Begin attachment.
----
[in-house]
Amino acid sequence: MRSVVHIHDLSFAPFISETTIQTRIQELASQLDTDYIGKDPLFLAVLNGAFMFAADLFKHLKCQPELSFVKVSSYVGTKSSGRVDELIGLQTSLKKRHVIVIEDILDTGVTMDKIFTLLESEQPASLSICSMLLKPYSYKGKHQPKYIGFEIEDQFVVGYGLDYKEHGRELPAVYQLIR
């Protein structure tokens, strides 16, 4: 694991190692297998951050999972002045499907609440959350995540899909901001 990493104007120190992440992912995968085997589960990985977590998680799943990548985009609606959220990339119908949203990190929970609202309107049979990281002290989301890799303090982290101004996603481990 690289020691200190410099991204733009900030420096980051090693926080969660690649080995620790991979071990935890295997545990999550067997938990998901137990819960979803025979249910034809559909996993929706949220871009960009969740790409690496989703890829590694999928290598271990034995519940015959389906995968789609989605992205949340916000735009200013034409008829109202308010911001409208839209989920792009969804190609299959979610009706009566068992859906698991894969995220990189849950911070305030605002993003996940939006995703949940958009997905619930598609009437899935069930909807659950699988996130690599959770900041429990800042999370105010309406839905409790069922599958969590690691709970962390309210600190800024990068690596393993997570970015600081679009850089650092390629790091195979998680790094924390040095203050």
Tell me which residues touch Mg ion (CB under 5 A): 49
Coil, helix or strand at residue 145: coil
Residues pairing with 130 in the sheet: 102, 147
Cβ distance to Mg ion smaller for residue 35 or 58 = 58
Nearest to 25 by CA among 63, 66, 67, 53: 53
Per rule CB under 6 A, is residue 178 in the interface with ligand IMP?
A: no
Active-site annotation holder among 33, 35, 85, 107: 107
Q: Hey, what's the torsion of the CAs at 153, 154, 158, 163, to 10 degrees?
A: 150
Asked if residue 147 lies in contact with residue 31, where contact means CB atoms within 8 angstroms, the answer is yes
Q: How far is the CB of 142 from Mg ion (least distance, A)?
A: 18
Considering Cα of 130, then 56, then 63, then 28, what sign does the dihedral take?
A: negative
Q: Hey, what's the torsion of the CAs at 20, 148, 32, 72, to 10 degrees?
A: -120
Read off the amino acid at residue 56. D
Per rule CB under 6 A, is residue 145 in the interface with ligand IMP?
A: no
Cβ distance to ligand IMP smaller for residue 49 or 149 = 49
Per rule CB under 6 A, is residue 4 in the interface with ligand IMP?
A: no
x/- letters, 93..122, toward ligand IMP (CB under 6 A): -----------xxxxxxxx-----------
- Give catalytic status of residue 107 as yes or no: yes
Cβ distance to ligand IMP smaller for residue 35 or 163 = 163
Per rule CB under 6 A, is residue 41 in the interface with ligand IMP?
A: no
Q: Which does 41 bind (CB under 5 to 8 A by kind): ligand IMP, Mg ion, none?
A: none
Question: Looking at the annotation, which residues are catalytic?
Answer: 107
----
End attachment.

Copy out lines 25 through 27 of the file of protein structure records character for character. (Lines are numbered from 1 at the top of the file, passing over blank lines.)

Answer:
Per rule CB under 6 A, is residue 4 in the interface with ligand IMP?
A: no
x/- letters, 93..122, toward ligand IMP (CB under 6 A): -----------xxxxxxxx-----------